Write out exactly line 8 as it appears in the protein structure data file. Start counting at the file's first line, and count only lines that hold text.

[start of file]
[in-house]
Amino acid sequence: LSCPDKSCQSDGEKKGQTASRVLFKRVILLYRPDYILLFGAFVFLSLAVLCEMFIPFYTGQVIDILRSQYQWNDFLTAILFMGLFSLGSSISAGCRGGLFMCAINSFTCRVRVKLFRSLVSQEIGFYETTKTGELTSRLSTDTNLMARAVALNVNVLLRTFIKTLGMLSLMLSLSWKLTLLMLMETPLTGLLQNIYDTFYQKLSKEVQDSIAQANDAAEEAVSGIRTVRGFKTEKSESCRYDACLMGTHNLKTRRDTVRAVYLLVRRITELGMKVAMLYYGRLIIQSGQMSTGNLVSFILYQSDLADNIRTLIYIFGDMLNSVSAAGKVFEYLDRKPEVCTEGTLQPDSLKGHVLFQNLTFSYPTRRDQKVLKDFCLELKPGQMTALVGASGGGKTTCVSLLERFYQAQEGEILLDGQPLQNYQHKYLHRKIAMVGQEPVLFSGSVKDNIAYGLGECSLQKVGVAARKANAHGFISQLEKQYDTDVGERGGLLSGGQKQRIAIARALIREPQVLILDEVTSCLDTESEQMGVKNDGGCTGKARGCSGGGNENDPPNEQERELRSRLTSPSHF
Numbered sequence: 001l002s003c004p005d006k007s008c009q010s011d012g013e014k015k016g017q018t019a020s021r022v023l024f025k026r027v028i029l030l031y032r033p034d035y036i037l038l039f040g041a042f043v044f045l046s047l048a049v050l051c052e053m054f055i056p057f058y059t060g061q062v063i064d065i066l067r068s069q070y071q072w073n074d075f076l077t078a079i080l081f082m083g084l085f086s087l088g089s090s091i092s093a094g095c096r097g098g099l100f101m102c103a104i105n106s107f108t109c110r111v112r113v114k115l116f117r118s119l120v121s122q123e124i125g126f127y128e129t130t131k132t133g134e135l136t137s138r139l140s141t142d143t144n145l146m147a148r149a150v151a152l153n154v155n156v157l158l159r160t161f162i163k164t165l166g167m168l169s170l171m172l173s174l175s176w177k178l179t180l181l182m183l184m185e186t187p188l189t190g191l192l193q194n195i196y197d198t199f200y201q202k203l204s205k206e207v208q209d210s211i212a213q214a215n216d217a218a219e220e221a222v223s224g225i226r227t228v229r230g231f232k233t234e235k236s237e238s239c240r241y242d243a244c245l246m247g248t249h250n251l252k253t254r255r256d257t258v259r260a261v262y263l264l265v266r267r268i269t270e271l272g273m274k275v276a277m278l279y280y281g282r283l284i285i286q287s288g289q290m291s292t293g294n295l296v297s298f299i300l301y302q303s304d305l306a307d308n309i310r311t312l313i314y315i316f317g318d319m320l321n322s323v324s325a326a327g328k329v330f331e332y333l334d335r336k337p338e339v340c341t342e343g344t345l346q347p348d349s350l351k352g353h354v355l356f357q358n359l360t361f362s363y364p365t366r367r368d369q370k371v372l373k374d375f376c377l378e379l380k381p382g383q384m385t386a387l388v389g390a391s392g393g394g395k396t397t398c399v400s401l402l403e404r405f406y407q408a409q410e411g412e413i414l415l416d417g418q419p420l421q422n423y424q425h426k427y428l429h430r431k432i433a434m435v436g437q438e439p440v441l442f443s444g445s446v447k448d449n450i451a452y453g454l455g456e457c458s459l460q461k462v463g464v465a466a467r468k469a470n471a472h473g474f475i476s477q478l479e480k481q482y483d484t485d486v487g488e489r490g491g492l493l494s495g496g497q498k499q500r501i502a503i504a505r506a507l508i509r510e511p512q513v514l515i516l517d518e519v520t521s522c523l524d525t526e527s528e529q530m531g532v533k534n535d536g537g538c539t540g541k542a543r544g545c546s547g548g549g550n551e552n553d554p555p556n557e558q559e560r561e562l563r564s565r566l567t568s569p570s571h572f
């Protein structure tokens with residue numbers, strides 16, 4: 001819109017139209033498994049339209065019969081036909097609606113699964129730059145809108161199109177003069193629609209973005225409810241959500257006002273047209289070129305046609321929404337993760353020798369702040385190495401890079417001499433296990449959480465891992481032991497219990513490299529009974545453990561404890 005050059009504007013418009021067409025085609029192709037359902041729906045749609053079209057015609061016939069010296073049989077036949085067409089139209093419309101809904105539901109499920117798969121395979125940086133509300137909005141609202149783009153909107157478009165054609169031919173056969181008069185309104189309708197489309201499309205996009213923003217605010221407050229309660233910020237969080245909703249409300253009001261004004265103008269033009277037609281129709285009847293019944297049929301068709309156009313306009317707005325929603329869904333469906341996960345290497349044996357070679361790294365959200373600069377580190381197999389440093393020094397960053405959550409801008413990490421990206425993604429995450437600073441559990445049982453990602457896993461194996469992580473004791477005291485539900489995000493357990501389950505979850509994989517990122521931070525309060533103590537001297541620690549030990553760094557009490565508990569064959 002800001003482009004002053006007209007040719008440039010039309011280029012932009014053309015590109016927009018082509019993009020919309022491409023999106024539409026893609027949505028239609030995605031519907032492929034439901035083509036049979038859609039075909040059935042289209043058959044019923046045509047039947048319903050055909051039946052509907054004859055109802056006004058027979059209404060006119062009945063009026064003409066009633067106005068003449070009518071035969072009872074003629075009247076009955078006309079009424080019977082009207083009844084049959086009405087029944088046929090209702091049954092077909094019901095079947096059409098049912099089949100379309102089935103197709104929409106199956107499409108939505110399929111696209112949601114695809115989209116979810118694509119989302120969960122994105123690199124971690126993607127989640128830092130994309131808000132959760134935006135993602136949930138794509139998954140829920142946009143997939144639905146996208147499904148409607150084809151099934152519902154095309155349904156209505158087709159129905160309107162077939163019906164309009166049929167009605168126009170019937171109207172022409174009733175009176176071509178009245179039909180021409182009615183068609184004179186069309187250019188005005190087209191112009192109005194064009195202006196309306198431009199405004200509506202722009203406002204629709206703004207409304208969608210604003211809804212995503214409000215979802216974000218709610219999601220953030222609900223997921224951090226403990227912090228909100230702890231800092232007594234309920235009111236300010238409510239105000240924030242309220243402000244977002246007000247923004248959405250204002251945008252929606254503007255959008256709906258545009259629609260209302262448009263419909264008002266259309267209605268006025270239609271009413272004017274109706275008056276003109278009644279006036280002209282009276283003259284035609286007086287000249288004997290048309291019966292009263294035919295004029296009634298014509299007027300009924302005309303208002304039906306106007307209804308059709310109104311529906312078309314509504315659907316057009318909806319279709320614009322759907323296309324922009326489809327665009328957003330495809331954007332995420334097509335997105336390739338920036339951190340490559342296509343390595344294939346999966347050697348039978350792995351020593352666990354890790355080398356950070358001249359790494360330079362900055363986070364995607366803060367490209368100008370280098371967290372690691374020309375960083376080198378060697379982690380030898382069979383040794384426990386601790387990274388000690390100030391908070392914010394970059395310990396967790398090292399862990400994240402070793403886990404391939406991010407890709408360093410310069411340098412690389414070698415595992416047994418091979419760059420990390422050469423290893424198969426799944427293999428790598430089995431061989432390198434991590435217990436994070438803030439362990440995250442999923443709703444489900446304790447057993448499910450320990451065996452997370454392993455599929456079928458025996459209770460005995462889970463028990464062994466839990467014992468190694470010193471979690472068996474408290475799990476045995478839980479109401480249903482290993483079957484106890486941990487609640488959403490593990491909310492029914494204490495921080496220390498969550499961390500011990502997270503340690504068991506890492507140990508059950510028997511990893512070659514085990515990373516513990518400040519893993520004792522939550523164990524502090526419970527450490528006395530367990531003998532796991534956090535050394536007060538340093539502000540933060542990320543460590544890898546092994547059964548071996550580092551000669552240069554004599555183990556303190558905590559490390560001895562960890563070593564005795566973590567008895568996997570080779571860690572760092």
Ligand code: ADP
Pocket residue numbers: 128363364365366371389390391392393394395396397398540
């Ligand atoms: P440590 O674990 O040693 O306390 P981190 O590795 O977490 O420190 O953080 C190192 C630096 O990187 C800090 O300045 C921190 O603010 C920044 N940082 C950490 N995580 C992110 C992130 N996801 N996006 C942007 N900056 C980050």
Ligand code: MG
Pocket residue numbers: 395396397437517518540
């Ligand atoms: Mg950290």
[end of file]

Ligand code: MG